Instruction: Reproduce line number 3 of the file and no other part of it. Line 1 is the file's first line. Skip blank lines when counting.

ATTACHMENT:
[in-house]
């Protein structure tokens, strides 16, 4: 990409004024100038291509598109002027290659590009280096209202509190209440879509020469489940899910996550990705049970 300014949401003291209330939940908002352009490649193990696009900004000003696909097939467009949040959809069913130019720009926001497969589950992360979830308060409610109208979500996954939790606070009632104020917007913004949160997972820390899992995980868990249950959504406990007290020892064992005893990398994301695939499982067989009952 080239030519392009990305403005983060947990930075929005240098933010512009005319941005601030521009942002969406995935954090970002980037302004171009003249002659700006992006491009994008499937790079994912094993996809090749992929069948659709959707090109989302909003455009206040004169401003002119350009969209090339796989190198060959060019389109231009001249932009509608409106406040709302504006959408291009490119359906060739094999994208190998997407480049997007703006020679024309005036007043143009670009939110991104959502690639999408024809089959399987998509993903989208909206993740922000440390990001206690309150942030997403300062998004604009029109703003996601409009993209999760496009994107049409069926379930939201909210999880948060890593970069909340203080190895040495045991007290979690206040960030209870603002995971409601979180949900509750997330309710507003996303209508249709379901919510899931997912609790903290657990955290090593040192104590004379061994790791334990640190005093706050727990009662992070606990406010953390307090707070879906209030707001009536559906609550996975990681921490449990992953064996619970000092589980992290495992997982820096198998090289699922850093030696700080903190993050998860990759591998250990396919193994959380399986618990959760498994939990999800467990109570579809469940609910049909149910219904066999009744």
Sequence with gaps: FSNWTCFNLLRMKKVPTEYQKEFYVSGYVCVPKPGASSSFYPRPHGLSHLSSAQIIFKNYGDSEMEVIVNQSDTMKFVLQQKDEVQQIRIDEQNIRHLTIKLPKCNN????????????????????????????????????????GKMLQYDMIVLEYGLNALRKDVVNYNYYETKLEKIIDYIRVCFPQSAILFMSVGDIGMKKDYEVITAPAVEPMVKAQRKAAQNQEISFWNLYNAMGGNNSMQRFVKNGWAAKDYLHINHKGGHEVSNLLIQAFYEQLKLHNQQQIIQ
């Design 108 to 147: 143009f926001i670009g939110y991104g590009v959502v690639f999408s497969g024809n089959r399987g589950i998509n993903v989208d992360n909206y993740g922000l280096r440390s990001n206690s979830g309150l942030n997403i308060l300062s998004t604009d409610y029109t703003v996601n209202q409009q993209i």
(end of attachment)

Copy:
Sequence with gaps: FSNWTCFNLLRMKKVPTEYQKEFYVSGYVCVPKPGASSSFYPRPHGLSHLSSAQIIFKNYGDSEMEVIVNQSDTMKFVLQQKDEVQQIRIDEQNIRHLTIKLPKCNN????????????????????????????????????????GKMLQYDMIVLEYGLNALRKDVVNYNYYETKLEKIIDYIRVCFPQSAILFMSVGDIGMKKDYEVITAPAVEPMVKAQRKAAQNQEISFWNLYNAMGGNNSMQRFVKNGWAAKDYLHINHKGGHEVSNLLIQAFYEQLKLHNQQQIIQ